BUT! Eddie is coming back! And this time he is being kind enough NOT ONLY to visit the wonderful country of Canada, but even to come all the way across the Georgia Strait to the lovely city of Victoria. And THIS TIME he only wanted $75 each for tickets. The minute I found out about this show, I bought tickets. Which is good, because it sold out in a matter of days.

So finally, after four years of adoration and rampant quoting, Chris and I are going to be in the same room with Eddie Izzard. Really, it's no wonder I'm in a fine mood.

Yes, life is good. Thursday after work Chris and I will drive down to Victoria, laugh until our faces hurt, and then drive back home and collapse into bed. Friday I will work, then pick up Gwen, load the car and whisk her away for ten days of adventures. And when we get back? It will be June. And we will be building a deck!*

*Note: my job in building the deck is to write Chris a cheque for half the cost of the deck. And then possibly take Gwen to a series of playgrounds until the deck is built. Oh, and nag to make sure that actually happens.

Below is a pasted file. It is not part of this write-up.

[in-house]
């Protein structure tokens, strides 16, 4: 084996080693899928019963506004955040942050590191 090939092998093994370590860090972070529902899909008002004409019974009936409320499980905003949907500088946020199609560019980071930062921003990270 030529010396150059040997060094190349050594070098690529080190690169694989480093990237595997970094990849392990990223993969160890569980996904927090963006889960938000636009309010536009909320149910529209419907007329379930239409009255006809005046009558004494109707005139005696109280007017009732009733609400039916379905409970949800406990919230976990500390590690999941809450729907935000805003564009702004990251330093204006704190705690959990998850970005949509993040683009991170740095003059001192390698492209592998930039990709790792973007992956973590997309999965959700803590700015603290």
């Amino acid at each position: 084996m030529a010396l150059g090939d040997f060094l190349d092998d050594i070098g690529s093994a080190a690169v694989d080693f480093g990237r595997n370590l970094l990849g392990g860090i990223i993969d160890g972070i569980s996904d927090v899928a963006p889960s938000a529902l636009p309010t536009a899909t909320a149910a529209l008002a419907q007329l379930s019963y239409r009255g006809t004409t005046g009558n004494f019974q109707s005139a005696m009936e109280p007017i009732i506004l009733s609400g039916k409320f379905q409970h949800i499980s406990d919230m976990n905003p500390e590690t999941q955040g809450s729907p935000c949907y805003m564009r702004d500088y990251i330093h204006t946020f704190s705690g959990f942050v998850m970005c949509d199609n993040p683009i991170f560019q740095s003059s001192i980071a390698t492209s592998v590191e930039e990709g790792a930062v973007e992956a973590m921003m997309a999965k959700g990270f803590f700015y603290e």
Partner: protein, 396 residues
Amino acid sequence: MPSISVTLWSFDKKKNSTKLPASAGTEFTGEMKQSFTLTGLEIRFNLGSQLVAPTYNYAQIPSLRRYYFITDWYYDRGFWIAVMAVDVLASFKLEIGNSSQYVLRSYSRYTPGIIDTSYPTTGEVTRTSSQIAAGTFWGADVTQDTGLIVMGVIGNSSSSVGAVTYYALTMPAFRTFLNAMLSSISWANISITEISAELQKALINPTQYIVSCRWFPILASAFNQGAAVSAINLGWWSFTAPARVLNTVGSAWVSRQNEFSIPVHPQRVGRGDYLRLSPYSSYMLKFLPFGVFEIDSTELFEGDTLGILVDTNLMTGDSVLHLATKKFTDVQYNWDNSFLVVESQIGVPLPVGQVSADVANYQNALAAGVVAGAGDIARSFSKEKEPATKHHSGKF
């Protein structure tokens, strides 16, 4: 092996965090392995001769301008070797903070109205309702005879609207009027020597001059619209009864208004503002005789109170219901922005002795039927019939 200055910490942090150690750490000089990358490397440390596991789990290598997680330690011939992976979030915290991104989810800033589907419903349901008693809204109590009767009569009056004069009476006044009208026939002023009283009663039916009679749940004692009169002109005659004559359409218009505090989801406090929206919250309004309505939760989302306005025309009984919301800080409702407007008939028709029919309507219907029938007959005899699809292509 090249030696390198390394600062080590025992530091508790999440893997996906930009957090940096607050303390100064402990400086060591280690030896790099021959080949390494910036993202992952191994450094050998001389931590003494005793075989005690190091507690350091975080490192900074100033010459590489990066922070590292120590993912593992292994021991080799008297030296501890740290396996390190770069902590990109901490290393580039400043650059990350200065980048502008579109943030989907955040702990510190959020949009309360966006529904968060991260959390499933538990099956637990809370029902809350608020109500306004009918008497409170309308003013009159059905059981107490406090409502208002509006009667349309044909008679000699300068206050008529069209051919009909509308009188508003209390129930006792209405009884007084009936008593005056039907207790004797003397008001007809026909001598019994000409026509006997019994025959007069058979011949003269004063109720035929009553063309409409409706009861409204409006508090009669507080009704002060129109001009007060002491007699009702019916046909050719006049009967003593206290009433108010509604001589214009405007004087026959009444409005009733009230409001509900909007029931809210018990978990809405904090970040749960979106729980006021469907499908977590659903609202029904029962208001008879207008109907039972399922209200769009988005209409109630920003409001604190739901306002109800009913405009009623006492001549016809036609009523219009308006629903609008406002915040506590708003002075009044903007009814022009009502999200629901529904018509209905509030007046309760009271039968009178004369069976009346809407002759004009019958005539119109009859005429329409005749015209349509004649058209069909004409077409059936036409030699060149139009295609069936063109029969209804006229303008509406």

Then for real it will be summer. Yay!

Wednesday, May 12, 2010

The Curious Incident of the Spider in the Night-Time

On the weekend of Gwen’s actual birthday, Chris was out of town for a martial arts seminar. I actually didn’t mind at all, having my girl all to myself and enjoying a low-key weekend before the madness of the birthday party planning truly kicked into high gear. However, there was a moment on Saturday night when I minded very, very much that my husband was 450 kilometres away.

I walked into the downstairs half-bath to put something away, only to be stopped dead in my tracks by a medium-sized spider, staring at me from the opposite wall.

You might not know this, but spiders live for one purpose and one purpose only. The web-spinning and fly-catching business is merely a distraction from their true mission, which is: to jump on my face. Their every skitter move, their every spidery thought, their every single molecule is focused, at all times, on achieving this goal. Sure, a moment ago that spider was just hanging out on the bathroom wall. But now it has seen my face and so the primal imperative has kicked into action: it wants to jump on my face. RIGHT NOW.